Orange County District Attorney Tony Rackauckas didn't want Manuel Flores freed from prison after the sex offender served a 16-month sentence for throwing rocks and a bottle of beer at a police officer, and then speaking in tongues when he was read his Miranda rights.
By labeling Flores a mentally disordered offender, Rackauckas has kept him involuntarily locked in a psychiatric hospital for more than a decade beyond his 1999 criminal sentence.
Flores says his confinement isn't fair, but you be the judge because he:
--Heard mysterious voices speaking to him;
--Lodged a nail in his shoe so it could be used as a weapon;
--Kept a shank in his pocket;
--Spit obsessively and reacted violently when confronted;
--Refused to take medication;
--Lit a paper towel roll under his bed and then denied the act;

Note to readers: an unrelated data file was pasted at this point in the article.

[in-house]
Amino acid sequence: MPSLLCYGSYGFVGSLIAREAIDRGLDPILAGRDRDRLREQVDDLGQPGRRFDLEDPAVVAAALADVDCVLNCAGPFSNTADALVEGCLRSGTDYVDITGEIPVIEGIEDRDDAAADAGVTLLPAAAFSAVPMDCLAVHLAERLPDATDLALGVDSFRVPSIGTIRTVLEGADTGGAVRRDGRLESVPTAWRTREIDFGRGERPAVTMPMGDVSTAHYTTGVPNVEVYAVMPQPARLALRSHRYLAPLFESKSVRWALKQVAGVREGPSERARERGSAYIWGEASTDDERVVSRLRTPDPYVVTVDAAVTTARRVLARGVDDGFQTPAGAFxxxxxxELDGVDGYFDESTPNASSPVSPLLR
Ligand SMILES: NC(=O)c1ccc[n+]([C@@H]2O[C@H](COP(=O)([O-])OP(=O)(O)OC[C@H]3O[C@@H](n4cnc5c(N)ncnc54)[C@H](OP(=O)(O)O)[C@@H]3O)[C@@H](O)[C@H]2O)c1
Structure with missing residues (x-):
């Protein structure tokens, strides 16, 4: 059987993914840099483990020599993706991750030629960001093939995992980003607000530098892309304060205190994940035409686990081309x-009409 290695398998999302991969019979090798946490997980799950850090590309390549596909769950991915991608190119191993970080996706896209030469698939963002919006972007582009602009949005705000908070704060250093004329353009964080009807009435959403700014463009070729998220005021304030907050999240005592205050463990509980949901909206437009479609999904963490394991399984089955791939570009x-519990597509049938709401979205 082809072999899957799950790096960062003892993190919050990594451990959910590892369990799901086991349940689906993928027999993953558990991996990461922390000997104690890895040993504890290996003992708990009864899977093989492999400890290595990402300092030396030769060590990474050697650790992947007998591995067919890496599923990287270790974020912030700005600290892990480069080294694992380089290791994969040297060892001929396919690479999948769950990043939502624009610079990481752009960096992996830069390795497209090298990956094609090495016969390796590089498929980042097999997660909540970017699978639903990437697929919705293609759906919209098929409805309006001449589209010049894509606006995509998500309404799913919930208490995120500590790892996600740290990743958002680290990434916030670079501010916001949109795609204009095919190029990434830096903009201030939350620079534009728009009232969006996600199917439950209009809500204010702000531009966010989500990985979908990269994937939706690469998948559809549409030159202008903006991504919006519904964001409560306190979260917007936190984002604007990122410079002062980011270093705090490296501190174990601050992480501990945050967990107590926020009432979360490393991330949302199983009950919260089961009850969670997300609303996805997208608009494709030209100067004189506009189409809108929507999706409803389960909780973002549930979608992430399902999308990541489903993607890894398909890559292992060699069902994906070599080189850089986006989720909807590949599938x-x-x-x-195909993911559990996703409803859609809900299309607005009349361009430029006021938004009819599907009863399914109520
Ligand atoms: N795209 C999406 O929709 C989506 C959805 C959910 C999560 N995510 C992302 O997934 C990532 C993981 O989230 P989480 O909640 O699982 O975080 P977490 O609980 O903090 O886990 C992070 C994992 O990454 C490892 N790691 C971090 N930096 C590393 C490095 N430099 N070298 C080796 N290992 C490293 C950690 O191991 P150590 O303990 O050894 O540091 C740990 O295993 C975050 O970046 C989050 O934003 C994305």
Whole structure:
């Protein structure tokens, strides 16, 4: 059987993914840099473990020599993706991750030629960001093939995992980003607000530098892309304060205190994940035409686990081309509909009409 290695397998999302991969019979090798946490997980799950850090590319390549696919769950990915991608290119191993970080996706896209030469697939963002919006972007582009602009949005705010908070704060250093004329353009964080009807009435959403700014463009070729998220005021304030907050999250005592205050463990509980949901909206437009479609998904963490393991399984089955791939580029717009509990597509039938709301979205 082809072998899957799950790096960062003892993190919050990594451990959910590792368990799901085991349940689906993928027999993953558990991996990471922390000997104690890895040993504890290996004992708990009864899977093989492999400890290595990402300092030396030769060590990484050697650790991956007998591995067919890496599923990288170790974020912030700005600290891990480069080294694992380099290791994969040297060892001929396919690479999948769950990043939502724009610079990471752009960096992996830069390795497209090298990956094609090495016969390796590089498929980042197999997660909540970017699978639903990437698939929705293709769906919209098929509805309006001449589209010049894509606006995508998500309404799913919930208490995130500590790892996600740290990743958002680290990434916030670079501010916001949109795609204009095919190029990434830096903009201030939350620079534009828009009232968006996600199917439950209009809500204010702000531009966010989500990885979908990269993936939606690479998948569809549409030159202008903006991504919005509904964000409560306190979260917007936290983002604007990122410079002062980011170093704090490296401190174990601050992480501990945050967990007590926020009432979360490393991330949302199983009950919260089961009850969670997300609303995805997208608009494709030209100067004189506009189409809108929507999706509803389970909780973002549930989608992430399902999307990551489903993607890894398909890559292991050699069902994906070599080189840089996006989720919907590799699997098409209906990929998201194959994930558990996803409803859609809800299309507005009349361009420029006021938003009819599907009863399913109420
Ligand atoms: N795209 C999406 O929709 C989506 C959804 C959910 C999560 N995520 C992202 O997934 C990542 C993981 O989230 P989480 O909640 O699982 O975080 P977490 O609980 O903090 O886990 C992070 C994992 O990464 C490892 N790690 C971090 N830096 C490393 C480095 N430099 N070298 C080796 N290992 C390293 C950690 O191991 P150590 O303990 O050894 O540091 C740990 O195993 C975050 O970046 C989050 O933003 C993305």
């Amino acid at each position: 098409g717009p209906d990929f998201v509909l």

--Attacked other patients and threatened to kill hospital staffers;
--In Oct. 2010, Flores became "extremely paranoid and suspicious" when he declared that he didn't know how to breathe," according to court records.
A 2012 jury heard the evidence--including that a psychiatrist declared him "severely" disturbed--and sided with Rackauckas. Flores appealed. Through a lawyer, he argues that records of his behavior are not reliable and should not be considered in evaluating whether he's in la-la land.
This month, a California Court of Appeal based in Santa Ana sanctioned the jury's findings and declared that even when he's properly medicated Flores continues "to pose a substantial danger."
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Upshot: Flores, 45, will remain involuntarily committed in the mental hospital.